Welcome to Phoenix, the nation’s fifth-largest city, in the Valley of the Sun. With hundreds of learning sessions, high-profile keynotes and problem-solving breakouts, workshops and discussion groups, Phoenix is the perfect place to Power Up. Convention activities such as vendors showcasing journalism-related products and services, contests, awards convocations, on-site critiques, Break with a Pro and Media Swap Shops, student dances and adviser receptions will all help you go home and power up your publication, Web site or broadcast.
The energy begins Thursday night with Aaron Brown’s opening keynote. Reporting on conflicts from Vietnam to Iraq, questioning those in power from Nixon to Bush and narrating the unprecedented events on the morning of Sept. 11, 2001 and in the days that followed, Brown has been at every turning point in television news of the past three decades. Now, as the Walter Cronkite Professor of Journalism at Arizona State University, he’ll share his knowledge and experience with you and show how he carries on Cronkite’s legacy of solid, courageous and calm reporting.
A different kind of legend will inspire you on Friday afternoon. In December 1965, Mary Beth Tinker, her brother, John, and their friend Chris Eckhardt wore black armbands to protest the Vietnam War and supporting a Christmas truce. Their suspension from school resulted in a court case that was ultimately decided by the United States Supreme Court in February 1969. To mark the 40th anniversary of the landmark decision upholding students’ free speech rights at school, Mary Beth Tinker will share her story and empower students to use their voices.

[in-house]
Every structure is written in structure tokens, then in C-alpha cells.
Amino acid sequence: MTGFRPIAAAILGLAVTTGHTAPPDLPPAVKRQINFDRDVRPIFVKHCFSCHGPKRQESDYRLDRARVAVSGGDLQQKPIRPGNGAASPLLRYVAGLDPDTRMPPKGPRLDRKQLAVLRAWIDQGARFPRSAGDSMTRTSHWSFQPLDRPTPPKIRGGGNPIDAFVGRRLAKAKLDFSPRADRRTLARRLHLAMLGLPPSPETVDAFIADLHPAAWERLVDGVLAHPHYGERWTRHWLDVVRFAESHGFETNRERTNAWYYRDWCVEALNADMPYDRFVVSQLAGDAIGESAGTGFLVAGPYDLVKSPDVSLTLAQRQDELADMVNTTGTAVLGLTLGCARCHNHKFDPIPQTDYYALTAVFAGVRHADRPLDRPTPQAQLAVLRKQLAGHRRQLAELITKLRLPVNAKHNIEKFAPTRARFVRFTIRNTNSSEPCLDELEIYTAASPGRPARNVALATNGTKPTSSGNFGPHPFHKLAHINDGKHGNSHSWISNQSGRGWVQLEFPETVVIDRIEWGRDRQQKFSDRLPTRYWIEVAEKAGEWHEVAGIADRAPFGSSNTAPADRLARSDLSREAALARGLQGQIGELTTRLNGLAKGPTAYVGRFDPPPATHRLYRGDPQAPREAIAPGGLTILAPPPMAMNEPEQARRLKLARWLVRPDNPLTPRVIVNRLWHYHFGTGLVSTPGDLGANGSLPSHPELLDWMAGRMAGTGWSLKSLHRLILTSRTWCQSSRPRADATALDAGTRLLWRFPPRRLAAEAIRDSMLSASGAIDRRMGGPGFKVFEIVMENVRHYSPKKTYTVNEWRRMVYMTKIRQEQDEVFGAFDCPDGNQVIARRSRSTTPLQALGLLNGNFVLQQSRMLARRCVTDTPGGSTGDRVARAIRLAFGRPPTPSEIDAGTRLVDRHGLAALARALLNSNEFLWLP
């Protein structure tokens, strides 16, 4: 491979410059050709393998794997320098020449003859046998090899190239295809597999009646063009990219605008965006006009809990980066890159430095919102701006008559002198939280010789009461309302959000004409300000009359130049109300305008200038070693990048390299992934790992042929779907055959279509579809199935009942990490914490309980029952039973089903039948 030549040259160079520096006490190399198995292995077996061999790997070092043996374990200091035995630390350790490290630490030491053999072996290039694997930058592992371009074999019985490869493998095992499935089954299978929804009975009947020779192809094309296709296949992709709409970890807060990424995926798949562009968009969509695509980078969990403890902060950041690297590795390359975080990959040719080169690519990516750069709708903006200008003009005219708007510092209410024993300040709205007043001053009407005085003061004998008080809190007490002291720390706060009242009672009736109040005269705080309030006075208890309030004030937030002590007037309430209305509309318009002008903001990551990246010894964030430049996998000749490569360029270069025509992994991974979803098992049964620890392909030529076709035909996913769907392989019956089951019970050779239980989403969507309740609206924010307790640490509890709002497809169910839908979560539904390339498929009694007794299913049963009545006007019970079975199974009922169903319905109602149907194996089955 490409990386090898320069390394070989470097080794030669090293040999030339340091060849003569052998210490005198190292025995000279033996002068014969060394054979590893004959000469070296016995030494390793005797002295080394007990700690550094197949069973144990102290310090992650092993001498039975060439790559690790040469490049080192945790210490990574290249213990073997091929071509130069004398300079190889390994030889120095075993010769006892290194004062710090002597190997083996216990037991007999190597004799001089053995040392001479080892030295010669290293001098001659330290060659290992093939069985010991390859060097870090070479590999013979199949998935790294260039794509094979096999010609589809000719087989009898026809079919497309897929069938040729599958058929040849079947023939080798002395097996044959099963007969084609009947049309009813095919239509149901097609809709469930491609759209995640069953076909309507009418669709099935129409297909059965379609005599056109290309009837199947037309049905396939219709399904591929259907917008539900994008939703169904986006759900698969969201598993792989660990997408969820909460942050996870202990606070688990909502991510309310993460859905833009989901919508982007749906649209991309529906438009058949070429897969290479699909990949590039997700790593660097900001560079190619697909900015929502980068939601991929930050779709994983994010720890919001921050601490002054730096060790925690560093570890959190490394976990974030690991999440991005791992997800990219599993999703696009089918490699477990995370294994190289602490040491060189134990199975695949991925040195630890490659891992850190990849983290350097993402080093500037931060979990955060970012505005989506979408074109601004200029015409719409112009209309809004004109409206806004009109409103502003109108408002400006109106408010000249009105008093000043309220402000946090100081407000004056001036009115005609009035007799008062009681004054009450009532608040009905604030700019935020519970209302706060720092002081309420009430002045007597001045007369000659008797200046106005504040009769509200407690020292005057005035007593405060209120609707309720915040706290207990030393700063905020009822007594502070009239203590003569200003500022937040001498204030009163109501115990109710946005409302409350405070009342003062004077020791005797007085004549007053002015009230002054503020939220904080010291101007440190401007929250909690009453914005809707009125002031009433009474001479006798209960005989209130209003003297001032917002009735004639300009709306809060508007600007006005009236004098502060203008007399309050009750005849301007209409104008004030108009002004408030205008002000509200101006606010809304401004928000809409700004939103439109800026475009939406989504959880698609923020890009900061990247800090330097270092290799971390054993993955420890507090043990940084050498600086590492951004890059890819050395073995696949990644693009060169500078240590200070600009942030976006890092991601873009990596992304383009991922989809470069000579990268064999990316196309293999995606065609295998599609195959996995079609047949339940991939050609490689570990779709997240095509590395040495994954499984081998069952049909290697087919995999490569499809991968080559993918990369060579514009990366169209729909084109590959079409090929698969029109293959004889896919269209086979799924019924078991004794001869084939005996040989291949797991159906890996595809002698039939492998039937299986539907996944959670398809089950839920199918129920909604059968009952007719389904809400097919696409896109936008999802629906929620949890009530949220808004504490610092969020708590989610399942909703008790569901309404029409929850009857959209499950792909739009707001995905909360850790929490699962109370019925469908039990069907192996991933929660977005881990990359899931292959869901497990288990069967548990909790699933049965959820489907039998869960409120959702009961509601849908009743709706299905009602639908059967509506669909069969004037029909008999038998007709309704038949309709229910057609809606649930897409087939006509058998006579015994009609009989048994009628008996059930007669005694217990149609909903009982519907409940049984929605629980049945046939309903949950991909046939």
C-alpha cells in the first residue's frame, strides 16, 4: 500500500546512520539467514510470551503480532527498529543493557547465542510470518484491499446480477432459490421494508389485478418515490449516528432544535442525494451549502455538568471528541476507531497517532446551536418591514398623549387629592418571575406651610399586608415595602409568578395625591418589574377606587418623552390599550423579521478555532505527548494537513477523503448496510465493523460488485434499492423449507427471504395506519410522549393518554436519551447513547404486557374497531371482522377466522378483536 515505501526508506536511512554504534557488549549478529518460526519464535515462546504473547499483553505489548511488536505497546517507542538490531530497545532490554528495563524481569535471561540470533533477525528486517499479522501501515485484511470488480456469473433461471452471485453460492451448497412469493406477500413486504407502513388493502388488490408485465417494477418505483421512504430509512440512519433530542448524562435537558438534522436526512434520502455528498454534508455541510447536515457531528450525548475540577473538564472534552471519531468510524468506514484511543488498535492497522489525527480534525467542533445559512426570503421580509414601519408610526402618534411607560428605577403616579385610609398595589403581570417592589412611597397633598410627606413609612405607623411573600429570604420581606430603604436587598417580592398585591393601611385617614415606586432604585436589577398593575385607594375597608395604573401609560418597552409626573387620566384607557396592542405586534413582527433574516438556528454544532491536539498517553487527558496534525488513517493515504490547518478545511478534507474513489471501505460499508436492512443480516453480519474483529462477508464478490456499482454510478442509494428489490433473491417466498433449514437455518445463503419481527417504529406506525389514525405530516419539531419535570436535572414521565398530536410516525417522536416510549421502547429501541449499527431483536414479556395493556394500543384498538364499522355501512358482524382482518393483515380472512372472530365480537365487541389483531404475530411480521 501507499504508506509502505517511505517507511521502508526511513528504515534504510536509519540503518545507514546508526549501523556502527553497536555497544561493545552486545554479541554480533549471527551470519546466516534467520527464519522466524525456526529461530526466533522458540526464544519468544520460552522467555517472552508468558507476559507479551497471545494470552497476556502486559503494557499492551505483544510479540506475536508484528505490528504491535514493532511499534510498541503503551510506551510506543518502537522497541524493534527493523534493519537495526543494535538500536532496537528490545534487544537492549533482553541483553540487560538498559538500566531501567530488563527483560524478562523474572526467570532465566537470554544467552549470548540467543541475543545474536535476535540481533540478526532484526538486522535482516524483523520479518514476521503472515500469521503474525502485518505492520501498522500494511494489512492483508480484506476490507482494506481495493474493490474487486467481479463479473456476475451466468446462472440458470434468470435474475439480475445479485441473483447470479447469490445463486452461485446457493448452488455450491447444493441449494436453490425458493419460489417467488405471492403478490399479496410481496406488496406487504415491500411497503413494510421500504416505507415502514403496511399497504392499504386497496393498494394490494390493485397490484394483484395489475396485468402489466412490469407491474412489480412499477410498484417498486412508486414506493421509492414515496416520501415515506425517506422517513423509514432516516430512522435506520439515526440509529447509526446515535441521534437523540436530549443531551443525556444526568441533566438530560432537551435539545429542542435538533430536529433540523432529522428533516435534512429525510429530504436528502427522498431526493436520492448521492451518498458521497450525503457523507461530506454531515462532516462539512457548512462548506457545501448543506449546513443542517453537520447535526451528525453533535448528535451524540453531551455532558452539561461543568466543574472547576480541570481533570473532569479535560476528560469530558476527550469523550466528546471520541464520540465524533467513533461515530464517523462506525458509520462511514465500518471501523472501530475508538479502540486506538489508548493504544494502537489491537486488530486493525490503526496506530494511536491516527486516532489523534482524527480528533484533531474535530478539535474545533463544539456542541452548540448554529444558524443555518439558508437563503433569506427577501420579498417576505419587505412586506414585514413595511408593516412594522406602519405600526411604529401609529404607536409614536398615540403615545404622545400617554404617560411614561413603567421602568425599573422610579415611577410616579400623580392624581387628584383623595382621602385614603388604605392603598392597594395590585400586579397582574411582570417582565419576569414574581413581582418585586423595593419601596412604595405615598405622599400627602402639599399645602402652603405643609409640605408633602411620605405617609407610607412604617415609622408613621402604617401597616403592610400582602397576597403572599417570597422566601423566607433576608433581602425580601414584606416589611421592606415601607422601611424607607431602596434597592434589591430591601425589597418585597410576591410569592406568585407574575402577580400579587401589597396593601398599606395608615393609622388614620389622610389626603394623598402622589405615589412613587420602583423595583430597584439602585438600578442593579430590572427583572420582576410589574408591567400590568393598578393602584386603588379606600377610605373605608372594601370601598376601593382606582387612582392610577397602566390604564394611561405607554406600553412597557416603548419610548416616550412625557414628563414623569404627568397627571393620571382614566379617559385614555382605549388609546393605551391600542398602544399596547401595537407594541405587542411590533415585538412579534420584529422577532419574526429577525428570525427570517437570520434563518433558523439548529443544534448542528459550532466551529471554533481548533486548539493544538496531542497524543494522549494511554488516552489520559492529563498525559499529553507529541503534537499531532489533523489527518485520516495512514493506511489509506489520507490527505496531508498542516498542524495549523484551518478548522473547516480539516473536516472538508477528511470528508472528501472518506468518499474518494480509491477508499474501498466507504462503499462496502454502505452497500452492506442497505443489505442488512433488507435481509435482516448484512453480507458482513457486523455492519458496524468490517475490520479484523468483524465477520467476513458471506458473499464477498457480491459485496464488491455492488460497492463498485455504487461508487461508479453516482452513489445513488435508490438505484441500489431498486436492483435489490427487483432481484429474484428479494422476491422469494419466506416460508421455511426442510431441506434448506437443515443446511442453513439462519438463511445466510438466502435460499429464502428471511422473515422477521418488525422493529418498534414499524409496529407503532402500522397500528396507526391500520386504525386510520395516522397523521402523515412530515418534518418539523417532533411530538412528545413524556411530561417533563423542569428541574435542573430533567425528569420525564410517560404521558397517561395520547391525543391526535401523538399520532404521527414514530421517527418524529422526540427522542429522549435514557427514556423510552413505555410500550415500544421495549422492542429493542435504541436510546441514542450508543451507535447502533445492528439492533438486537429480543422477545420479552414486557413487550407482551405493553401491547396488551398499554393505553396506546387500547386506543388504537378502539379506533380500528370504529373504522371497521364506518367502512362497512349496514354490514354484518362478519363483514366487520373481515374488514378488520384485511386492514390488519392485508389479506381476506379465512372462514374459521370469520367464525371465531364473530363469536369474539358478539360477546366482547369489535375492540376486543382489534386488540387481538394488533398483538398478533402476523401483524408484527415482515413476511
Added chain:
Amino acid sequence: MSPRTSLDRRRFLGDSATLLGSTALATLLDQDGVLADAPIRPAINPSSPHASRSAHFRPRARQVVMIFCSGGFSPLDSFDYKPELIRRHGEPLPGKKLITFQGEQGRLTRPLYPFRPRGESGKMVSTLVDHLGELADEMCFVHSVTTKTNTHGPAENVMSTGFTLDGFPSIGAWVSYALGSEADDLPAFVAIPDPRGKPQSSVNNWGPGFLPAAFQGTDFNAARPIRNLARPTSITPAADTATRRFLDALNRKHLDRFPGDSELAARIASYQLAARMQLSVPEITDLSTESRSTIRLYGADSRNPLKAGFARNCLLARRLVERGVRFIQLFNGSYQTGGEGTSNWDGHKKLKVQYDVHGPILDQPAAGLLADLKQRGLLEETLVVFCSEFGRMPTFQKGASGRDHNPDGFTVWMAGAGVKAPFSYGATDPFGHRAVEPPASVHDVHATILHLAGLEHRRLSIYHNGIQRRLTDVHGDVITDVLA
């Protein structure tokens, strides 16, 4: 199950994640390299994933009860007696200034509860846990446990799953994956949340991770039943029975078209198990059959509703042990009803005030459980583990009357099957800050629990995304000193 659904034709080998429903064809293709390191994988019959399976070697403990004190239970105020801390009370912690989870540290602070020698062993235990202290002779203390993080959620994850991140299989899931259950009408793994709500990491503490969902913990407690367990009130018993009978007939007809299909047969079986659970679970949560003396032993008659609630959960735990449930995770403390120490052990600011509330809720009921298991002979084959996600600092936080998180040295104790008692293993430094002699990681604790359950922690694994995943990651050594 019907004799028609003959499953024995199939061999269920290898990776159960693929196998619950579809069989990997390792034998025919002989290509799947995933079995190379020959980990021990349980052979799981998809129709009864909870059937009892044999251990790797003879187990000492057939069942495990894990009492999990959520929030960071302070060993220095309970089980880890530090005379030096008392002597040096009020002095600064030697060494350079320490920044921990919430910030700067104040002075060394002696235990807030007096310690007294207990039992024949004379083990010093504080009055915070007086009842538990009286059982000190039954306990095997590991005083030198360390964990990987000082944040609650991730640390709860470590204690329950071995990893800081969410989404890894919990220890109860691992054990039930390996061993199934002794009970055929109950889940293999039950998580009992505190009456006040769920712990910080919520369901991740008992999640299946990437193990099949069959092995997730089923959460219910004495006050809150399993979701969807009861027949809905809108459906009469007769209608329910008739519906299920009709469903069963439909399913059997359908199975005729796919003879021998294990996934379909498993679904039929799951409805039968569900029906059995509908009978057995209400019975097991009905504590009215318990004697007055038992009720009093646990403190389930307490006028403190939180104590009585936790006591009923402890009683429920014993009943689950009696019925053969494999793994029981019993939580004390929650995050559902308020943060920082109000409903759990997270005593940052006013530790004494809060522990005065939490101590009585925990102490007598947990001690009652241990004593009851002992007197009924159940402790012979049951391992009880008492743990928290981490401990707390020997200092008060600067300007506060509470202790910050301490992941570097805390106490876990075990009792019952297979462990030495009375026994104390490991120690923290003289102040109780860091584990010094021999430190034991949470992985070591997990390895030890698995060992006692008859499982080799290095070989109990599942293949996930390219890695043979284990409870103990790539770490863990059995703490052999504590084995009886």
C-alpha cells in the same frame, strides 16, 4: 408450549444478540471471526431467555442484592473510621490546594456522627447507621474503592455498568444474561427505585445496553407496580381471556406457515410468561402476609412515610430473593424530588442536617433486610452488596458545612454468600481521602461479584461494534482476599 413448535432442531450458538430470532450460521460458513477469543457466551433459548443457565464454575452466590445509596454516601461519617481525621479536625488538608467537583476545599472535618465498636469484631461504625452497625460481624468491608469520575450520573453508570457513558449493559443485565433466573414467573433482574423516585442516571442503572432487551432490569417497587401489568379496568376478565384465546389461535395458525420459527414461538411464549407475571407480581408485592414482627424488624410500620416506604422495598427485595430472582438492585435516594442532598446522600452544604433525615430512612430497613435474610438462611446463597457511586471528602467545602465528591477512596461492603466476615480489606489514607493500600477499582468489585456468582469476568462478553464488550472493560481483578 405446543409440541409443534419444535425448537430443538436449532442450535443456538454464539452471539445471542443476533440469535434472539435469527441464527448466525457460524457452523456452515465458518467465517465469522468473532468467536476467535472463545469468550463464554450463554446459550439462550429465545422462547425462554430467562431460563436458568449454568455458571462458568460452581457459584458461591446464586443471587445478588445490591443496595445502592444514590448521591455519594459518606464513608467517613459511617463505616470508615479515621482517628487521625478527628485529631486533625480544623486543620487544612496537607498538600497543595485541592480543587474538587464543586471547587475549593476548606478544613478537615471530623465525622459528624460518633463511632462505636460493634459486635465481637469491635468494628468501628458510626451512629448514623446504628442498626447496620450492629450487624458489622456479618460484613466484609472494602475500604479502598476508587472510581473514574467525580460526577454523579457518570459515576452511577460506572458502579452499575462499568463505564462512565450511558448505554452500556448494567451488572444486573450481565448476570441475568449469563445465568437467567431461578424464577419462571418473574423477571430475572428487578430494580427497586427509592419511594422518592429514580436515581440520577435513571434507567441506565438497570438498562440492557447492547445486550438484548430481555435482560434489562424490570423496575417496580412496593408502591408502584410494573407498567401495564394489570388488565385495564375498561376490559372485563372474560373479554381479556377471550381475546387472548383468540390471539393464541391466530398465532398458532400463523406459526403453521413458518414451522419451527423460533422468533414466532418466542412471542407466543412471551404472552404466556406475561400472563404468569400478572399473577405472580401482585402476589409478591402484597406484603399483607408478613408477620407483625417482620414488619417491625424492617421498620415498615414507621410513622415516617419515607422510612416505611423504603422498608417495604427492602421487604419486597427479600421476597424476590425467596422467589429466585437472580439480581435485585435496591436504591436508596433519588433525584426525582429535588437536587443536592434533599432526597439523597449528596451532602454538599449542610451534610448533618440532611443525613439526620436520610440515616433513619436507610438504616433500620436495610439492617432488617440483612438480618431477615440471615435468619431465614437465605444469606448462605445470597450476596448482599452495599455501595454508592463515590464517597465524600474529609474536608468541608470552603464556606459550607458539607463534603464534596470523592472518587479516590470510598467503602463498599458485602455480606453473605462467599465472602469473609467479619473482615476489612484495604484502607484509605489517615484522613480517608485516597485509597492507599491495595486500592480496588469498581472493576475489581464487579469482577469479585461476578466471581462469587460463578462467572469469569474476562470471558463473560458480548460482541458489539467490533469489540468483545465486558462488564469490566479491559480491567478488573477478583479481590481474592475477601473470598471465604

Both the keynote sessions, as well as the awards ceremonies Saturday afternoon and Sunday morning, are held in the Phoenix Convention Center. Most other sessions and contests are there, too, with wide hallways and spacious rooms. Other convention sessions are across the street at the Hyatt hotel and a few blocks away at ASU’s new Walter Cronkite School of Journalism and Mass Communication. Its state-of-the-art labs and studios will impress, so be sure to head over for a session or tour. Downtown Phoenix has grown since JEA and NSPA were last here in 2002. Look around the Copper Square area for restaurants, shopping and entertainment at the Arizona Center, Chase Field or US Airways Arena. METRO light rail opened last December, and it’s your convenient and inexpensive link to Phoenix as well as the airport, Tempe and Mesa. Of course, the hotel pool is probably a good place to relax in the sun after the sessions end. Make sure you wear sunscreen.
We’ve made some changes for the 2009 spring convention, and we want to hear from you. Let us know what you think by stopping one of us to chat, or fill out the convention evaluation survey. You can always send e-mail, or post comments on our Facebook page.
By the time we say our goodbyes Sunday morning, we hope you have been energized, charged and powered up — ready to finish the year and plan for the next. We hope you’ll have had a chance to soak up some good ideas — and some sunshine.